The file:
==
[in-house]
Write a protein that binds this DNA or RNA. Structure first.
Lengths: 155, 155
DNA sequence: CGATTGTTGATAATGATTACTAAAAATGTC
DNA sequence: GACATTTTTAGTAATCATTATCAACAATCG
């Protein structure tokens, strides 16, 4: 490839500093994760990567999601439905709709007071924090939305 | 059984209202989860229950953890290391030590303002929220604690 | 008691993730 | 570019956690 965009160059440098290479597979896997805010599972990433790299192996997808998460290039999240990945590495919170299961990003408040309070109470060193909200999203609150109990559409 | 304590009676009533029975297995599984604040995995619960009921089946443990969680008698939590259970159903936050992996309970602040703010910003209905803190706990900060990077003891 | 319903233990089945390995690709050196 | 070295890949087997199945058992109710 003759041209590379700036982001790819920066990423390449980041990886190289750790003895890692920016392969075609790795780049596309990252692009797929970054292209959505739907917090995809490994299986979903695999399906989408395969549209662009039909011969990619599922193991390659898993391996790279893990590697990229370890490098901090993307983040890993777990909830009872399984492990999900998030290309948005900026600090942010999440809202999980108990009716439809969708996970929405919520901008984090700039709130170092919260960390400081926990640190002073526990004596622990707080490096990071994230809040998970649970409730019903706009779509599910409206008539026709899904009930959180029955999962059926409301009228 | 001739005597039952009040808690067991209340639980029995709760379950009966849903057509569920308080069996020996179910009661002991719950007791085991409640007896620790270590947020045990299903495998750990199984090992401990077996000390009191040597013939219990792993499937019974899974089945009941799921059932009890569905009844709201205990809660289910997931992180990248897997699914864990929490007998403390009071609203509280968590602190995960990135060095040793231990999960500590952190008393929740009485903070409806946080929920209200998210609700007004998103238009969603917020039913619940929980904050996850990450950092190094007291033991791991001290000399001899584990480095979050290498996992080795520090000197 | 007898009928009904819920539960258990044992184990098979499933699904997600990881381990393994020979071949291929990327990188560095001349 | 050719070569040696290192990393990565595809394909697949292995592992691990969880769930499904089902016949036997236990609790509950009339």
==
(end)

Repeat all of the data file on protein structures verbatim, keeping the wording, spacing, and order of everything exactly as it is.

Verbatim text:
[in-house]
Write a protein that binds this DNA or RNA. Structure first.
Lengths: 155, 155
DNA sequence: CGATTGTTGATAATGATTACTAAAAATGTC
DNA sequence: GACATTTTTAGTAATCATTATCAACAATCG
């Protein structure tokens, strides 16, 4: 490839500093994760990567999601439905709709007071924090939305 | 059984209202989860229950953890290391030590303002929220604690 | 008691993730 | 570019956690 965009160059440098290479597979896997805010599972990433790299192996997808998460290039999240990945590495919170299961990003408040309070109470060193909200999203609150109990559409 | 304590009676009533029975297995599984604040995995619960009921089946443990969680008698939590259970159903936050992996309970602040703010910003209905803190706990900060990077003891 | 319903233990089945390995690709050196 | 070295890949087997199945058992109710 003759041209590379700036982001790819920066990423390449980041990886190289750790003895890692920016392969075609790795780049596309990252692009797929970054292209959505739907917090995809490994299986979903695999399906989408395969549209662009039909011969990619599922193991390659898993391996790279893990590697990229370890490098901090993307983040890993777990909830009872399984492990999900998030290309948005900026600090942010999440809202999980108990009716439809969708996970929405919520901008984090700039709130170092919260960390400081926990640190002073526990004596622990707080490096990071994230809040998970649970409730019903706009779509599910409206008539026709899904009930959180029955999962059926409301009228 | 001739005597039952009040808690067991209340639980029995709760379950009966849903057509569920308080069996020996179910009661002991719950007791085991409640007896620790270590947020045990299903495998750990199984090992401990077996000390009191040597013939219990792993499937019974899974089945009941799921059932009890569905009844709201205990809660289910997931992180990248897997699914864990929490007998403390009071609203509280968590602190995960990135060095040793231990999960500590952190008393929740009485903070409806946080929920209200998210609700007004998103238009969603917020039913619940929980904050996850990450950092190094007291033991791991001290000399001899584990480095979050290498996992080795520090000197 | 007898009928009904819920539960258990044992184990098979499933699904997600990881381990393994020979071949291929990327990188560095001349 | 050719070569040696290192990393990565595809394909697949292995592992691990969880769930499904089902016949036997236990609790509950009339």